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St Leonards Place
New-build Retail Unit and Public Conveniences

  • Location

    York

  • Completion Date

    2015

  • Project Cost

    £250,000

The brief was to create a new retail unit on 40% of the site and 7 no. unisex public toilets on the other 60%.

The simple C-shaped building unites the whole site and makes efficient use of the limited space. We wanted to contrast the new building with the historic City Walls and Bootham Bar; both designated Scheduled Ancient Monuments.

The angled copper strips to the roof/walls ensure rainwater falls away from the historic fabric. The central areas of glazing abstractly resemble falling water, a play on the function of the building as a public convenience! Internally, a glass floor exposes a 2000-year-old Roman Wall previously covered for several decades. The interior fit-out was completed by the new independent café tenant.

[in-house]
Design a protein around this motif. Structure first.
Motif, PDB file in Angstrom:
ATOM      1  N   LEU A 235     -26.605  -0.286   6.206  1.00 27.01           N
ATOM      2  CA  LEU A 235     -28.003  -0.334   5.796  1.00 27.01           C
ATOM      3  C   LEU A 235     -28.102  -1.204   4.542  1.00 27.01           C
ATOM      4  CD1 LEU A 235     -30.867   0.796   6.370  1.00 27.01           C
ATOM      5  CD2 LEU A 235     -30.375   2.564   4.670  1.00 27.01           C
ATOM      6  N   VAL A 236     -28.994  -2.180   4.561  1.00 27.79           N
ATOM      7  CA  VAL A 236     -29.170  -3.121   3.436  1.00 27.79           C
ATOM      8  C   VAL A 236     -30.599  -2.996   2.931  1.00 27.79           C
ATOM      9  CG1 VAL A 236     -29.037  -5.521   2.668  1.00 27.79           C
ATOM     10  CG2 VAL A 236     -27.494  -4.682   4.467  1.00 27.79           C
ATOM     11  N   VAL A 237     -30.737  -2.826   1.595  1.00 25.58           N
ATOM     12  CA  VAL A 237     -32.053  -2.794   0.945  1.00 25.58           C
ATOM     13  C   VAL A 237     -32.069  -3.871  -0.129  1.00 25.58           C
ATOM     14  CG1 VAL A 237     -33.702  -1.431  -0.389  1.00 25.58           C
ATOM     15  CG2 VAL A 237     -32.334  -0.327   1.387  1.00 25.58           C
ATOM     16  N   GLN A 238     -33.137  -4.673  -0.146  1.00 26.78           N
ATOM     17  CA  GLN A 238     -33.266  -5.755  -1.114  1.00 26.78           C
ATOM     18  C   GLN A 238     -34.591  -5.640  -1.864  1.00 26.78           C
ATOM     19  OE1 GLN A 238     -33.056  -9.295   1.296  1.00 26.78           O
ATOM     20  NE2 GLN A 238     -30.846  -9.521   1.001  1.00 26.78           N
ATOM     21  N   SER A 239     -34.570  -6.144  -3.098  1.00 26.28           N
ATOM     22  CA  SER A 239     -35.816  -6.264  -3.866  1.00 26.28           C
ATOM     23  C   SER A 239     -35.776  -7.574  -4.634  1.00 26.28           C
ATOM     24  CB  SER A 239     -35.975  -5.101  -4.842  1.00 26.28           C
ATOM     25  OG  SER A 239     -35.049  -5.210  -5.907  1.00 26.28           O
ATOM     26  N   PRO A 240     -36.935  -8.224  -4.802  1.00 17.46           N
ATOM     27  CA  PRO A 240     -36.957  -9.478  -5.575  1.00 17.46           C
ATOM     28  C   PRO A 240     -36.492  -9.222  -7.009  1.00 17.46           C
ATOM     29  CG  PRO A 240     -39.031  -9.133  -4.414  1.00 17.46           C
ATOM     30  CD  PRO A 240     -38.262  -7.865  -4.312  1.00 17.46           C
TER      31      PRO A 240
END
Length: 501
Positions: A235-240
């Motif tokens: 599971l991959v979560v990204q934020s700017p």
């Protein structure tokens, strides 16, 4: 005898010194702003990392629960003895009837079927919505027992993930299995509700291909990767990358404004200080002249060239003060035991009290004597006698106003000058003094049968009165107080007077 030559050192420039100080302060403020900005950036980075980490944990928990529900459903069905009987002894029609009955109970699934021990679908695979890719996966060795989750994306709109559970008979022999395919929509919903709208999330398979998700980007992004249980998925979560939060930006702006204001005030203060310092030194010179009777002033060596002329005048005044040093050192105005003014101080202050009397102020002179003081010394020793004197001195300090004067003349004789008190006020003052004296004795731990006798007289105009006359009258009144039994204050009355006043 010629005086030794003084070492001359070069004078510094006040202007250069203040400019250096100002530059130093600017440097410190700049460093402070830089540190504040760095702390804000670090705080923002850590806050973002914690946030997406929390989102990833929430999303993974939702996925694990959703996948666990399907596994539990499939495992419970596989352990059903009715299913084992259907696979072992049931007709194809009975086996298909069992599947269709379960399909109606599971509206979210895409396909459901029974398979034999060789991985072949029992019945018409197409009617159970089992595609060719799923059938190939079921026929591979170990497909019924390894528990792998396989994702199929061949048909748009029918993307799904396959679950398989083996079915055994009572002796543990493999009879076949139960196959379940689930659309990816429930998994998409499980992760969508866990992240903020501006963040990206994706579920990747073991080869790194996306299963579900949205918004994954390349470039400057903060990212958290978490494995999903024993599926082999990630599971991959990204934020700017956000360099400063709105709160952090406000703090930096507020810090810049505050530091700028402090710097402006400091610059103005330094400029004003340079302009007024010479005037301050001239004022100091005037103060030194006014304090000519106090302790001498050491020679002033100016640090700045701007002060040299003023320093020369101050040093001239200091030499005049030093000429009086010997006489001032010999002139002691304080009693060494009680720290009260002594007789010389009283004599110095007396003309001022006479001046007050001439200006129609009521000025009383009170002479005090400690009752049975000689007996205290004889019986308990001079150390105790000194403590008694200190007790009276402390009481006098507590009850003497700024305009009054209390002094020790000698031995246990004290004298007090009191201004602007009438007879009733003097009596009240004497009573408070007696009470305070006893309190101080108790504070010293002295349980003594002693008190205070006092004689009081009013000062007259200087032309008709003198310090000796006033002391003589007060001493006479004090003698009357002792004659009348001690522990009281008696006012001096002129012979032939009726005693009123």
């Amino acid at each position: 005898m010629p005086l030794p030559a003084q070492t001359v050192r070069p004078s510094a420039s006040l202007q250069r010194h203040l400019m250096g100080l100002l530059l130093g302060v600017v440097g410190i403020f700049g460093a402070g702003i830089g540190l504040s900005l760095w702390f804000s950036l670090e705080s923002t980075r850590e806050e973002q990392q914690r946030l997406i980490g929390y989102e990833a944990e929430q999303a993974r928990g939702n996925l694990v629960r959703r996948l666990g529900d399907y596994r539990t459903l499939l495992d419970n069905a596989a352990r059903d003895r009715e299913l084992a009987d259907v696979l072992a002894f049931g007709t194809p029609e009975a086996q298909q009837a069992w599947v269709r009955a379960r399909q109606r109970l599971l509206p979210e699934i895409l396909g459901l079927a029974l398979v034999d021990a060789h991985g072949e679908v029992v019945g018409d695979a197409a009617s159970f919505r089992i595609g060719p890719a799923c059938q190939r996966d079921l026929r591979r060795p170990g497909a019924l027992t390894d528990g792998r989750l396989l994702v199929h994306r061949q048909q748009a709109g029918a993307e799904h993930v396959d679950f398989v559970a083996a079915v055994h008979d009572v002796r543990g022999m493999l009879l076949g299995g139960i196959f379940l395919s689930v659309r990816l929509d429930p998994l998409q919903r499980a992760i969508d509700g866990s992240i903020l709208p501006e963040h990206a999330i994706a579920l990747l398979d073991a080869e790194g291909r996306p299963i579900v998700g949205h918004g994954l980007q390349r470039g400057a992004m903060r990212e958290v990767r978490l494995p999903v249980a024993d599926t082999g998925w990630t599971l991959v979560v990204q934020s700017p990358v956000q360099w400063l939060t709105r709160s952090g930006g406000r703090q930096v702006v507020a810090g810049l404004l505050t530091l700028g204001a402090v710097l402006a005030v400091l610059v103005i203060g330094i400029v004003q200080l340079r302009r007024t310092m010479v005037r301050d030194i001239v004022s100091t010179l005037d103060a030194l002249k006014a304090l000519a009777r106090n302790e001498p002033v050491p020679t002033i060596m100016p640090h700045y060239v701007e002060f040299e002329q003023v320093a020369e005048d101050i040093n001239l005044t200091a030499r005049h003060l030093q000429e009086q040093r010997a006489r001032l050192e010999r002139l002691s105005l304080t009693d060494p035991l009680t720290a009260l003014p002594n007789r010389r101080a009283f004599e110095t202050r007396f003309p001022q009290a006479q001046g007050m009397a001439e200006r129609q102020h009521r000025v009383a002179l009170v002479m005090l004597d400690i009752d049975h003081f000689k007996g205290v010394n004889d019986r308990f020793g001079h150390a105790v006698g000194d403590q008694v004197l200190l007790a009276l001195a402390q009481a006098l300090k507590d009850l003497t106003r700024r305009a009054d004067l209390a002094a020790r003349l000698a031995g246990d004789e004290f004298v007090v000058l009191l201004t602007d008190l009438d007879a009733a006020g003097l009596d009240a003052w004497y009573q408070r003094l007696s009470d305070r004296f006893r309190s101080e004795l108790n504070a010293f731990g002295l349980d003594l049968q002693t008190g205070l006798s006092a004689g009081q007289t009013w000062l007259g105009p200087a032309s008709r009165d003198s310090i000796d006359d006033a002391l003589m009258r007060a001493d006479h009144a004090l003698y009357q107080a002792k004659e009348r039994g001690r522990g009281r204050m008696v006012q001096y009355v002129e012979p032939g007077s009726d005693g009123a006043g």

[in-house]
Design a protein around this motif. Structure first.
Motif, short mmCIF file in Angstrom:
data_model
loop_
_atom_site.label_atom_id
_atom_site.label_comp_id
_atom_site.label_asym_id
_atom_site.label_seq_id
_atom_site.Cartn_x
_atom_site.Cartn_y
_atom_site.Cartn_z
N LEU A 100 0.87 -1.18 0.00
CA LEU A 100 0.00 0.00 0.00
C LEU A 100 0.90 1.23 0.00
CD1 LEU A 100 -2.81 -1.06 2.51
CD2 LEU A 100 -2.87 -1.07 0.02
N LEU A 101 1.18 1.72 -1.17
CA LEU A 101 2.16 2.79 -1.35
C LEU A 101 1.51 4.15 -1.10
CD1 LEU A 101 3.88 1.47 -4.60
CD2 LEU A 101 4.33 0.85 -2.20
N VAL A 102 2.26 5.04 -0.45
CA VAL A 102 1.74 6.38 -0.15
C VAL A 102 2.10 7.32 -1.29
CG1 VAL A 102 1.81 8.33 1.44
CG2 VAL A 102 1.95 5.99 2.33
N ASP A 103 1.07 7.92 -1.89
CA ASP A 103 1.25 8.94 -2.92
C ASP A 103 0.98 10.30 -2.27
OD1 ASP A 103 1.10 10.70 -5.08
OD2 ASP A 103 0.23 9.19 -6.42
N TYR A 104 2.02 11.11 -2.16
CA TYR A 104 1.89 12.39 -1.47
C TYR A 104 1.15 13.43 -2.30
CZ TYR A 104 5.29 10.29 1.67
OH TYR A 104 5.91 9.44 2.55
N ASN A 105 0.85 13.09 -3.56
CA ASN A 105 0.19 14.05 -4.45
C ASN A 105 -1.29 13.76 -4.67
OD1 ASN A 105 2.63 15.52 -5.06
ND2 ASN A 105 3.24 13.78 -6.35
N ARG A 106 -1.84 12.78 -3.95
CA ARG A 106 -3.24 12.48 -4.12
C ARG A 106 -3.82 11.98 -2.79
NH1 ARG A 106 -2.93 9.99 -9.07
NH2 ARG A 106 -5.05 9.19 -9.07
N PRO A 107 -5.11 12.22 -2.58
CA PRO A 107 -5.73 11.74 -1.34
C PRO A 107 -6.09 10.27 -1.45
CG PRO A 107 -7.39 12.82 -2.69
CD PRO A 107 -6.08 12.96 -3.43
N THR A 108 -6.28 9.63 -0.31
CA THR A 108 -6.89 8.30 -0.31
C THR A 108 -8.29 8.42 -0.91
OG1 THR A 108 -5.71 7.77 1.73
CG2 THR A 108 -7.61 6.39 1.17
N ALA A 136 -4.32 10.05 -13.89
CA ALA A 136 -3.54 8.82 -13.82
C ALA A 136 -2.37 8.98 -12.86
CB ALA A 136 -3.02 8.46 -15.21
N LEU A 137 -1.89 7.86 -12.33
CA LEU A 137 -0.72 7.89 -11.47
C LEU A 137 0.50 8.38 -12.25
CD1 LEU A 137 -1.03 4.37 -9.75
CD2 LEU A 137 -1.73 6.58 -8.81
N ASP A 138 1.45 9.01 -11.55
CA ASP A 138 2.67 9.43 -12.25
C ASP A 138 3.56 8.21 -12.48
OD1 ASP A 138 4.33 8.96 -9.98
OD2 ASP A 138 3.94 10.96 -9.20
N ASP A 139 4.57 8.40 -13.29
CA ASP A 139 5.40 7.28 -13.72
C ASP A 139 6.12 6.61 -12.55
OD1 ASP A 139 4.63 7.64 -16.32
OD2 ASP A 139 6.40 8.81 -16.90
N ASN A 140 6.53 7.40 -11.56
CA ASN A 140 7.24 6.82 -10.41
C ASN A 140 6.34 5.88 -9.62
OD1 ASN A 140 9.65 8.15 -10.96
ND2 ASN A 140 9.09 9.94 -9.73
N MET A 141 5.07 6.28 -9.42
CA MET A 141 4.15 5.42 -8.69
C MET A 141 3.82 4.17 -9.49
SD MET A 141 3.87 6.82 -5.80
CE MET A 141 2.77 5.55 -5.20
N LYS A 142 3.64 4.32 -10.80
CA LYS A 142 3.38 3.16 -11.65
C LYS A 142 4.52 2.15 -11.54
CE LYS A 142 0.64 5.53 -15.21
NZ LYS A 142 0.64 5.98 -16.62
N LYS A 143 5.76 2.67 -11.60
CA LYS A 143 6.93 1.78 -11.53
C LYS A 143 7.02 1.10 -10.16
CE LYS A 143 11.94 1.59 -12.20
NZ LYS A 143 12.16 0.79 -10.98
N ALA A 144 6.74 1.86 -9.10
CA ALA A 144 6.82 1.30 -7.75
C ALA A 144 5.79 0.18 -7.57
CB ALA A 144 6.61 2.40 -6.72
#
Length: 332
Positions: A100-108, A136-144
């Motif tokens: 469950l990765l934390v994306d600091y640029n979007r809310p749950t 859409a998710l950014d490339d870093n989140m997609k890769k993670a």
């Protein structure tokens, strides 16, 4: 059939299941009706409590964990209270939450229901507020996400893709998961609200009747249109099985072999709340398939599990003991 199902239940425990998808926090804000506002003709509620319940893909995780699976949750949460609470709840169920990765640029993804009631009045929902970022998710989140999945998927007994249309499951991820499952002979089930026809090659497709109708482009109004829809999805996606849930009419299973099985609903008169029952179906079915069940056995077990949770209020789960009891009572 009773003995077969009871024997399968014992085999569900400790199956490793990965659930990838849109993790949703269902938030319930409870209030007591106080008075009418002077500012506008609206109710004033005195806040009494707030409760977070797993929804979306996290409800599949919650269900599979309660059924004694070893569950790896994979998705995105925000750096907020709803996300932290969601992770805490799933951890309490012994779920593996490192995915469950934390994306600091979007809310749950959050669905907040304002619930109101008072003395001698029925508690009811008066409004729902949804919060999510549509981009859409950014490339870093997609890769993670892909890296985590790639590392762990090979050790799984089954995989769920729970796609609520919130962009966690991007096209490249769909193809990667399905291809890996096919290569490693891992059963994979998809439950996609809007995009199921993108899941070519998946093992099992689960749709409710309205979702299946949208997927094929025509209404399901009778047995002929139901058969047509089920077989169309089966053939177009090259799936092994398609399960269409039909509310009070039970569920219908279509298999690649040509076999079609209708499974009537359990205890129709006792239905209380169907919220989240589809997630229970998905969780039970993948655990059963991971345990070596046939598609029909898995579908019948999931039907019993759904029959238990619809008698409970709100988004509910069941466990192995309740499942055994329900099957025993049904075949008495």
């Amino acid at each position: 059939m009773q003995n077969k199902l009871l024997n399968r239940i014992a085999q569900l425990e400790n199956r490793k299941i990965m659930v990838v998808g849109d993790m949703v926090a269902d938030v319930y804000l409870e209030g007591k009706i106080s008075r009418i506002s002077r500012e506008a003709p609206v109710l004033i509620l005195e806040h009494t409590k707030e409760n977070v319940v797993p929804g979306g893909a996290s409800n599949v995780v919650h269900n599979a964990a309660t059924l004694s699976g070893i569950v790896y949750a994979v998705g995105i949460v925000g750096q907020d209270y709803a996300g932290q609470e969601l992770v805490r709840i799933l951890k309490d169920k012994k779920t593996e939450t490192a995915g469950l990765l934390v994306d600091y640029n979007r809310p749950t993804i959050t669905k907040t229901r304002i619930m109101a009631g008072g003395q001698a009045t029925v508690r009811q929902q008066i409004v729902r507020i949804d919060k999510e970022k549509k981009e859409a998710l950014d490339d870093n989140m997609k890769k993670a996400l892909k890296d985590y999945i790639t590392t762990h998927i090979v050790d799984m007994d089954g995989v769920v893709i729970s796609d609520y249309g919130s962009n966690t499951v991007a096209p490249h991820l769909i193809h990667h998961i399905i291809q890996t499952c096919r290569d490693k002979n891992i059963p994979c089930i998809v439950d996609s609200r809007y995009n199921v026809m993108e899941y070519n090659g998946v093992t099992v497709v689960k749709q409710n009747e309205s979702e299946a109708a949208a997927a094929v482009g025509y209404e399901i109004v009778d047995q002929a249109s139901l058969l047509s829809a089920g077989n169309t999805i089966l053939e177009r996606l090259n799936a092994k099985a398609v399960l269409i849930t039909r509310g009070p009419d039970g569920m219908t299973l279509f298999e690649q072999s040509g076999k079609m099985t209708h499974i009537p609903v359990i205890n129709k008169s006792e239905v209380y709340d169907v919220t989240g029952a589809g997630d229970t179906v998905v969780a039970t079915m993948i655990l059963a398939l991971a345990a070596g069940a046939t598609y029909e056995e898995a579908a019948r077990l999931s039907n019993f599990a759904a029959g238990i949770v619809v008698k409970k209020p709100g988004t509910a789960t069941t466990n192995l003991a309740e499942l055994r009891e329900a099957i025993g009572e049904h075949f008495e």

The site lies within the York Historic Core Conservation Area and Strategic View 21 of the Minster. The key moves were to limit the height of the new building below the City Wall and to create an elegant roofscape as the building is viewed from above when people climb onto the City Wall.

The chocolate brown copper cladding, to the roof and walls, compliments the range of tones found in the limestone of the City Wall. The aim was to set a strong, continuous colour against the patchwork of stone blocks. Sandblasted glazing provides privacy within the toilet block and movement of shadows externally. At night, the glazed areas glow from within. The roof of the toilets is clear glass and frames a view of Bootham Bar above.

The site is within a prominent location considered to be significant to the historic character of York.

The challenge, as we interpreted it, was to create an architectural response that added a new layer to York’s history, that reflects the design thinking and technical/material capabilities of our time. The additional challenge was to work within ‘a small box of scheduled ancient monument’. The technical detailing had to ‘touch the medieval wall lightly’.